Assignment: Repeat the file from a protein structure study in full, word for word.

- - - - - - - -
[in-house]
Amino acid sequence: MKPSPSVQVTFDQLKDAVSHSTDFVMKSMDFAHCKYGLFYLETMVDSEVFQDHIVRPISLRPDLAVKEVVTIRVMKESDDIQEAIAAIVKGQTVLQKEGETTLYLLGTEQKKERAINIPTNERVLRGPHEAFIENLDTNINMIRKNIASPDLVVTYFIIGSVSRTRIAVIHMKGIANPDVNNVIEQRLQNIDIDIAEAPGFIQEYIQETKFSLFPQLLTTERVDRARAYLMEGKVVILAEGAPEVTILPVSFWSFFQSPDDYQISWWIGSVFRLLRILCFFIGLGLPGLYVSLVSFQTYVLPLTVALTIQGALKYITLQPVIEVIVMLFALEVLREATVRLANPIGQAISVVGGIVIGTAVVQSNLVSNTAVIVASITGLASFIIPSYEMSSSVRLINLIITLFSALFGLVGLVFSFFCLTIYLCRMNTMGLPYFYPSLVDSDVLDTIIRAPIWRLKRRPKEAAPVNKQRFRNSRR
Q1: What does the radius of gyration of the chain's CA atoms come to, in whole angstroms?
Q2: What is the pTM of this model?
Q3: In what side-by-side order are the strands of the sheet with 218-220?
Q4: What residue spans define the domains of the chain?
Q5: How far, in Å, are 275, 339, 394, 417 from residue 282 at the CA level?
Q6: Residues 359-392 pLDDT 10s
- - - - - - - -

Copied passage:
[in-house]
Amino acid sequence: MKPSPSVQVTFDQLKDAVSHSTDFVMKSMDFAHCKYGLFYLETMVDSEVFQDHIVRPISLRPDLAVKEVVTIRVMKESDDIQEAIAAIVKGQTVLQKEGETTLYLLGTEQKKERAINIPTNERVLRGPHEAFIENLDTNINMIRKNIASPDLVVTYFIIGSVSRTRIAVIHMKGIANPDVNNVIEQRLQNIDIDIAEAPGFIQEYIQETKFSLFPQLLTTERVDRARAYLMEGKVVILAEGAPEVTILPVSFWSFFQSPDDYQISWWIGSVFRLLRILCFFIGLGLPGLYVSLVSFQTYVLPLTVALTIQGALKYITLQPVIEVIVMLFALEVLREATVRLANPIGQAISVVGGIVIGTAVVQSNLVSNTAVIVASITGLASFIIPSYEMSSSVRLINLIITLFSALFGLVGLVFSFFCLTIYLCRMNTMGLPYFYPSLVDSDVLDTIIRAPIWRLKRRPKEAAPVNKQRFRNSRR
Q1: What does the radius of gyration of the chain's CA atoms come to, in whole angstroms?
Q2: What is the pTM of this model?
Q3: In what side-by-side order are the strands of the sheet with 218-220?
Q4: What residue spans define the domains of the chain?
Q5: How far, in Å, are 275, 339, 394, 417 from residue 282 at the CA level?
Q6: Residues 359-392 pLDDT 10s